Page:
January 15, 2021

News Roundup – North Carolina Criminal LawNorth Carolina Criminal Law

News Roundup – North Carolina Criminal LawNorth Carolina Criminal Law


The deadly attack on the United States Capitol by extremist supporters of President Donald Trump continues to dominate the national news this week as federal and state law enforcement agencies undertake the massive task of identifying and arresting perpetrators from across the country.  Keep reading for more on this story and other news.

USCP.  Late last week, somber news emerged that U.S. Capitol Police Officer Brian D. Sicknick died of injuries he sustained while physically engaging with rioters.  Sicknick was a veteran of the New Jersey National Guard and had been deployed to both Saudi Arabia and Kyrgyzstan in the late 1990s and early 2000s; he had served with the Capitol Police since 2008.  Another member of the Capitol Police who was on duty during the attack, officer Howard Liebengood, took his own life while off-duty in the days following; Liebengood had served with the Capitol Police since 2005.

Following the resignation of USCP Chief Steven Sund last week, Assistant Chief Yogananda Pittman was designated acting chief this week.  Pittman is the first woman and the first African American to hold that position.

Livestreaming.  This blog often has explored the intersection of new technology and the criminal law but never before have those issues collided as forcefully as they did during the attack on the Capitol where countless people livestreamed and publicly photographed their own participation in the riotous attempt to overthrow the federal government.  While the full range of explanations for creating this contemporaneous record escapes easy characterization, the implications for the criminal investigation quickly are becoming plain to see.  The FBI is using the incriminating footage to continuously update a list of people wanted on suspicion of criminal activity.  Amateur internet sleuths are combing through an archive of Parler posts to identify potential participants.  And at least one criminal defense attorney has publicly acknowledged and contributed to the difficult position his clients faces in light of what he described as damning photographic evidence of wrongdoing.

CJIL Research Fellow.  Jessie has been keeping regular readers apprised of the work of the SOG’s Criminal Justice Innovation Lab, which seeks to promote a fair and effective criminal justice system through evidence-based research.  There’s exciting news out of the Lab this week with the announcement that it plans to hire a Postdoctoral Research Fellow who will examine issues of racial equity in the criminal justice system.  More details about the position and instructions for applying are available here.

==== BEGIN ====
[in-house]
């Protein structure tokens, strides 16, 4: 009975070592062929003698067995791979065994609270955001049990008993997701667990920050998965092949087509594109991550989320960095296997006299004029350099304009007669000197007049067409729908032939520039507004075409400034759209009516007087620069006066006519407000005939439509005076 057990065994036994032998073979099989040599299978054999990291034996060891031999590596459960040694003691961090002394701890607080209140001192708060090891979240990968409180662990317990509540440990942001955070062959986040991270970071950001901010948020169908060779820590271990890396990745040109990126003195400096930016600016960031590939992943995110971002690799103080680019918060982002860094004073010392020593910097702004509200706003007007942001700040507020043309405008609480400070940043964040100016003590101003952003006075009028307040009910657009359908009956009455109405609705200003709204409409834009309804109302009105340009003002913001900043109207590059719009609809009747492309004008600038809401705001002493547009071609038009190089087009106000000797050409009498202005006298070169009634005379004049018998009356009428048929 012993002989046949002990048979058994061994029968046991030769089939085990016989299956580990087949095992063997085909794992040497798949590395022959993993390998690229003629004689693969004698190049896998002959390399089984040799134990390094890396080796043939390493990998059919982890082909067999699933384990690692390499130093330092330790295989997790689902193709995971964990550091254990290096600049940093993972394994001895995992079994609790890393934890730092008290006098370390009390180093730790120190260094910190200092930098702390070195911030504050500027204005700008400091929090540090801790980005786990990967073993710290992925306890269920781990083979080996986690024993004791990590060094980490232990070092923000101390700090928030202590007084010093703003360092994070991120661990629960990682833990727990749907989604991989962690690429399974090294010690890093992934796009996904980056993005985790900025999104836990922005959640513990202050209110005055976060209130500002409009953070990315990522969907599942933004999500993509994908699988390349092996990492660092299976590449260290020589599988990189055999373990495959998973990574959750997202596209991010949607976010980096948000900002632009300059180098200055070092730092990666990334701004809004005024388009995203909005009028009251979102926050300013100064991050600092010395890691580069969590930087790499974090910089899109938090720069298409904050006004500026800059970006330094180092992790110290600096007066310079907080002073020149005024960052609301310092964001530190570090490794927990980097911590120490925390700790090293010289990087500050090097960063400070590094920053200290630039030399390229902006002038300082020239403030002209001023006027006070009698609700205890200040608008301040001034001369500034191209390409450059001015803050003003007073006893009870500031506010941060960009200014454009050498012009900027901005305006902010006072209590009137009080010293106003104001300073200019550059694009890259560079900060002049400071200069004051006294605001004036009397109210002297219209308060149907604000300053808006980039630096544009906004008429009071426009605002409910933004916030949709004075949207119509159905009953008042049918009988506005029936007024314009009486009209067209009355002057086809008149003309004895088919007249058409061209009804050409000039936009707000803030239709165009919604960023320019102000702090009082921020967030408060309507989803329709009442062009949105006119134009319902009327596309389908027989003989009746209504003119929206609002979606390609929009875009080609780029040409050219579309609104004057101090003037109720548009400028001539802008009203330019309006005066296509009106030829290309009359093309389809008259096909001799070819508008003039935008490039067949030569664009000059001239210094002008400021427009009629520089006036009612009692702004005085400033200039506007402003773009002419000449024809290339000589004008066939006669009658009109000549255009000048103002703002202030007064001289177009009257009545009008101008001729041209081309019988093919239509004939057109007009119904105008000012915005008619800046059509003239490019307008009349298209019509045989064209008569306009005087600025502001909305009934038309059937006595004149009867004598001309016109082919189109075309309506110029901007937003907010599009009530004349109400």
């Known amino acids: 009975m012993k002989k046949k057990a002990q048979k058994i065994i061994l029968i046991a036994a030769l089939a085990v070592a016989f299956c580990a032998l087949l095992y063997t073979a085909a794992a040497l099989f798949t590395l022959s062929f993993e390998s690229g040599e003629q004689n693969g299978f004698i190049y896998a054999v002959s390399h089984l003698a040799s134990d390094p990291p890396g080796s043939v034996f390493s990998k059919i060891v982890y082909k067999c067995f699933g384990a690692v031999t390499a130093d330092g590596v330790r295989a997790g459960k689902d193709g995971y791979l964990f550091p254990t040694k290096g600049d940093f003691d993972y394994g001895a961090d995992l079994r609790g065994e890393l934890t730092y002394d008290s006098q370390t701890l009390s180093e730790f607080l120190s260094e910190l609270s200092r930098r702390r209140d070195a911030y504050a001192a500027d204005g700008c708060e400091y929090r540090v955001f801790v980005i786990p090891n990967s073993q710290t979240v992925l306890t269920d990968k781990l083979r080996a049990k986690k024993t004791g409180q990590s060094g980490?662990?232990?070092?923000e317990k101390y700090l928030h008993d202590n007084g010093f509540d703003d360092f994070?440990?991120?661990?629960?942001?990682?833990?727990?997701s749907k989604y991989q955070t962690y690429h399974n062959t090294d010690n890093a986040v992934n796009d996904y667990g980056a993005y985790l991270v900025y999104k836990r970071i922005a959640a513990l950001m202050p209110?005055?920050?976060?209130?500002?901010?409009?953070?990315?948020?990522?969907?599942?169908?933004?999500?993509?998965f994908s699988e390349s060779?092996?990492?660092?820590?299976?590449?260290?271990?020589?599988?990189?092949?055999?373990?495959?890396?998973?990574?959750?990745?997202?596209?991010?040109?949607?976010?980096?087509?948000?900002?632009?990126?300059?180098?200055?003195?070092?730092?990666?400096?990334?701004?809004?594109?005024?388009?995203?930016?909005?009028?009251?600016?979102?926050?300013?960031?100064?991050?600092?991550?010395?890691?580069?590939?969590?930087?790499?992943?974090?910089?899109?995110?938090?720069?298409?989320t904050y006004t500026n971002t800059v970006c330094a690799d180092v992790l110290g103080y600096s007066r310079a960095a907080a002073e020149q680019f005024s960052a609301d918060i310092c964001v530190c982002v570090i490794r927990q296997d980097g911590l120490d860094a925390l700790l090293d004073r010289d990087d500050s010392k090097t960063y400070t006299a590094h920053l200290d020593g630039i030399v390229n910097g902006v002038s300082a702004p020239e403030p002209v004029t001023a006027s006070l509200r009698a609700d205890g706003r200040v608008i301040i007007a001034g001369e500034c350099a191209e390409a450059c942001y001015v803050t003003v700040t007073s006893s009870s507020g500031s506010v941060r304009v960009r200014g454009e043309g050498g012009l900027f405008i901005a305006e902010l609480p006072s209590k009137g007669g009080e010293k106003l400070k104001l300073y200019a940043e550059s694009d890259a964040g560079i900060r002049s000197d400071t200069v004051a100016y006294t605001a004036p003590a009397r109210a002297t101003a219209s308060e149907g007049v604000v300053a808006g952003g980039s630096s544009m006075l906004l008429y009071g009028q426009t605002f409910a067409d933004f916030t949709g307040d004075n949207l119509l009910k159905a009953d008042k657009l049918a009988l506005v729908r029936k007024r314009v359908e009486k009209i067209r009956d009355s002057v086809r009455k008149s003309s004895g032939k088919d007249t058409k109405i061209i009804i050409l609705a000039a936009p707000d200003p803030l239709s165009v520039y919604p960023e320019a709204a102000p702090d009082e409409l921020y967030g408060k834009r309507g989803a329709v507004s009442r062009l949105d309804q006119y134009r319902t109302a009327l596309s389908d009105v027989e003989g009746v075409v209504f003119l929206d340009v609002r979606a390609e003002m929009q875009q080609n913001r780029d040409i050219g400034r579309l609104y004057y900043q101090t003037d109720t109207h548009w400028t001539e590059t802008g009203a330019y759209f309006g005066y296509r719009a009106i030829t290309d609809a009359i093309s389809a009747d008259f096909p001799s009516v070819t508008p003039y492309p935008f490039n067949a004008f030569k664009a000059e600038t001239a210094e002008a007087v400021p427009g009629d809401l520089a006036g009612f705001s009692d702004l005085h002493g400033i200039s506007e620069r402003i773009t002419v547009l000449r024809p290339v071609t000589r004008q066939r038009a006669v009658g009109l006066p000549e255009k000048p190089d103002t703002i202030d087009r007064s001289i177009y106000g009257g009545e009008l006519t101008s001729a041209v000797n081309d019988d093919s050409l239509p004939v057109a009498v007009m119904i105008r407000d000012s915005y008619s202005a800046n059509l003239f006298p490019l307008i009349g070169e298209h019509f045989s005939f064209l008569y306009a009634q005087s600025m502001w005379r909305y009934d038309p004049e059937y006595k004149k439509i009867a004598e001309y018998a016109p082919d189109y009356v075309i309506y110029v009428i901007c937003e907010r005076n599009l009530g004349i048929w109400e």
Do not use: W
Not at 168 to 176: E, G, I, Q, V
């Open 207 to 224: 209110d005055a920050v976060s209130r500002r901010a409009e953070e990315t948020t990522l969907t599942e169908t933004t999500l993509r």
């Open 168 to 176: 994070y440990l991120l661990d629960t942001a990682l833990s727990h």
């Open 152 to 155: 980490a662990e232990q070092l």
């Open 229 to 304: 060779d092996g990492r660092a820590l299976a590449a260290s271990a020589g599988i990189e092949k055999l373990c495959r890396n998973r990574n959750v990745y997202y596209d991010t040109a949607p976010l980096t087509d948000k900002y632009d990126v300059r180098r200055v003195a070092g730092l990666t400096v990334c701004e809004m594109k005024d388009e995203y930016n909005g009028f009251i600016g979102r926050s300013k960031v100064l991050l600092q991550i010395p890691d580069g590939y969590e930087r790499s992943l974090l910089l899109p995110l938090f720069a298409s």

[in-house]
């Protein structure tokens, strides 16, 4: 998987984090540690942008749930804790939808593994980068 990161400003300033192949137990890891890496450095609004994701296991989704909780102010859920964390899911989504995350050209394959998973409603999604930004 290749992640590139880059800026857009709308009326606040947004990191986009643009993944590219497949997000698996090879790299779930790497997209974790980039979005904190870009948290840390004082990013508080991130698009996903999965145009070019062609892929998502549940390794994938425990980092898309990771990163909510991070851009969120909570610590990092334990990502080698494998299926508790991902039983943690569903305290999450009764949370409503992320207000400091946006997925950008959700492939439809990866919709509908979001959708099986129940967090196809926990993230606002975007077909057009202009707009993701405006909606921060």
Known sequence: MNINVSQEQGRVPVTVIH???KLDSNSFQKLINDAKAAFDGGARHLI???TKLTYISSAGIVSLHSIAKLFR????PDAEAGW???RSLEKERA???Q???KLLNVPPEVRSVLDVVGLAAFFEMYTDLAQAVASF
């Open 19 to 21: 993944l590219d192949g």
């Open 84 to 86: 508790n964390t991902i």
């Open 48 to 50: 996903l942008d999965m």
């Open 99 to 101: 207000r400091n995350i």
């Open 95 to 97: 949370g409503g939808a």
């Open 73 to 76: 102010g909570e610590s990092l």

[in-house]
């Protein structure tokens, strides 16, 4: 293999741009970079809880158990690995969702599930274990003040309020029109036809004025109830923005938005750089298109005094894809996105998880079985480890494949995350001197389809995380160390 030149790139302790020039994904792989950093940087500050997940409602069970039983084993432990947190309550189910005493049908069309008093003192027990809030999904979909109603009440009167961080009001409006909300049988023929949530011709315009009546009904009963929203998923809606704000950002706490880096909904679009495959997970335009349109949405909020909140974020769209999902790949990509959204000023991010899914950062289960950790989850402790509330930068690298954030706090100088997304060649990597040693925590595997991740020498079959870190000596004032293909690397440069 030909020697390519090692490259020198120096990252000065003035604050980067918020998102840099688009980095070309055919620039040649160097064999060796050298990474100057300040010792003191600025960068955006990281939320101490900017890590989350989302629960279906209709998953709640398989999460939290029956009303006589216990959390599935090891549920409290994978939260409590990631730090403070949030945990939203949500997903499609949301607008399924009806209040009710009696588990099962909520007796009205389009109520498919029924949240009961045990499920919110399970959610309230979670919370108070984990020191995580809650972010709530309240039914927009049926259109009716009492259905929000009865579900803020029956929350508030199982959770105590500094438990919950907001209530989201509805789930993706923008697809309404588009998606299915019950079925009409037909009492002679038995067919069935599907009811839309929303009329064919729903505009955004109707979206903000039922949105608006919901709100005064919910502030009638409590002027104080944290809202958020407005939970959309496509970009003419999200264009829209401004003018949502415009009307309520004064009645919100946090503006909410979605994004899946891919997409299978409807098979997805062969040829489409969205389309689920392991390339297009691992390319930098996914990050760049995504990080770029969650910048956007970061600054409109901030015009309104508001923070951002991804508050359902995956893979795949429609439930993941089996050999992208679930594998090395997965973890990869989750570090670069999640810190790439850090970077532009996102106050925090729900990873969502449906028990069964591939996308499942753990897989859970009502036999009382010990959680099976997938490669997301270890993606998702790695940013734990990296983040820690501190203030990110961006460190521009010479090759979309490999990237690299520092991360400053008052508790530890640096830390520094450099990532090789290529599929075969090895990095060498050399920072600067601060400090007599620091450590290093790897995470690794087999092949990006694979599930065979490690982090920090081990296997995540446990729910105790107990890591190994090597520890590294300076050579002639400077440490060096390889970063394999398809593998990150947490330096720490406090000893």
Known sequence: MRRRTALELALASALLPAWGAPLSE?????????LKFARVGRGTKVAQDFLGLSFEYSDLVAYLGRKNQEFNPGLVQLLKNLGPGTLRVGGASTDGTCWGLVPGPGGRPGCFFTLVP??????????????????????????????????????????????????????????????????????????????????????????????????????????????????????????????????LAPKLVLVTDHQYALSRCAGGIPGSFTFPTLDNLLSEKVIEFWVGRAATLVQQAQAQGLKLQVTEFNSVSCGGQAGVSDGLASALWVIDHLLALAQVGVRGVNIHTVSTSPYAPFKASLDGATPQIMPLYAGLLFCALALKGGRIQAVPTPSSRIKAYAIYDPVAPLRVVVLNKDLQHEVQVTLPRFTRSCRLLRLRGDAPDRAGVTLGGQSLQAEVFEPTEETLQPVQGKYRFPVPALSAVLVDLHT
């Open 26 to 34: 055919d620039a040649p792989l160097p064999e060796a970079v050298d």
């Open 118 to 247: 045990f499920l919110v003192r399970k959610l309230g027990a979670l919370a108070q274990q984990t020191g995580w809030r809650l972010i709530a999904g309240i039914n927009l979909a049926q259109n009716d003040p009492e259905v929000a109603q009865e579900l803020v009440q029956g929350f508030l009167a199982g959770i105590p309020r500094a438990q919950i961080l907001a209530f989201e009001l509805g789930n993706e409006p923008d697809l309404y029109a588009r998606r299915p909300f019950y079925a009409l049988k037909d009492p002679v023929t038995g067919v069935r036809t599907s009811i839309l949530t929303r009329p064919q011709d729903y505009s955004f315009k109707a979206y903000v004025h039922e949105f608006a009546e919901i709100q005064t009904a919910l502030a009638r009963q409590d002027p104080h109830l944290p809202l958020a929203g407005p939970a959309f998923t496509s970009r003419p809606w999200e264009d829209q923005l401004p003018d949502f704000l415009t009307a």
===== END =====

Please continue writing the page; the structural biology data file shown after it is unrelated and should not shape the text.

Death Penalty.  Former North Carolina Supreme Court Chief Justice James G. Exum, Jr., recently published an article in the North Carolina Law Review arguing that our state’s capital punishment system is unconstitutional on the basis of being arbitrary, racist, and error prone.  The full article, entitled Capital Punishment in North Carolina: A Justice’s View on Why We Can ‘No Longer Tinker With the Machinery of Death’ is available here.

On a related note, the federal government recently executed Lisa Montgomery, the first female federal prisoner to be put to death since 1953.  Montgomery was convicted of killing Bobbie Jo Stinnett and cutting a baby from her womb in Missouri in 2004.  Montgomery became the eleventh federal inmate to be put to death since July following a 17-year hiatus on federal executions.

UNC MPA Students Professional Work Experience.  In addition to working with stakeholders in the North Carolina justice system, the School of Government houses UNC’s Master of Public Administration Program, one of the top programs of its kind in the country.  Many UNC MPA students take leadership roles in North Carolina local governments after graduation.  As part of the degree process, MPA students participate in a professional work experience internship where they serve in local, state, and federal governments or in the nonprofit sector.  If you work in an organization that could take advantage of assistance from one of these talented students, consider hosting a UNC MPA student for a professional work experience internship.  More information is available here, and you can submit your interest in being connected with an MPA student intern here.



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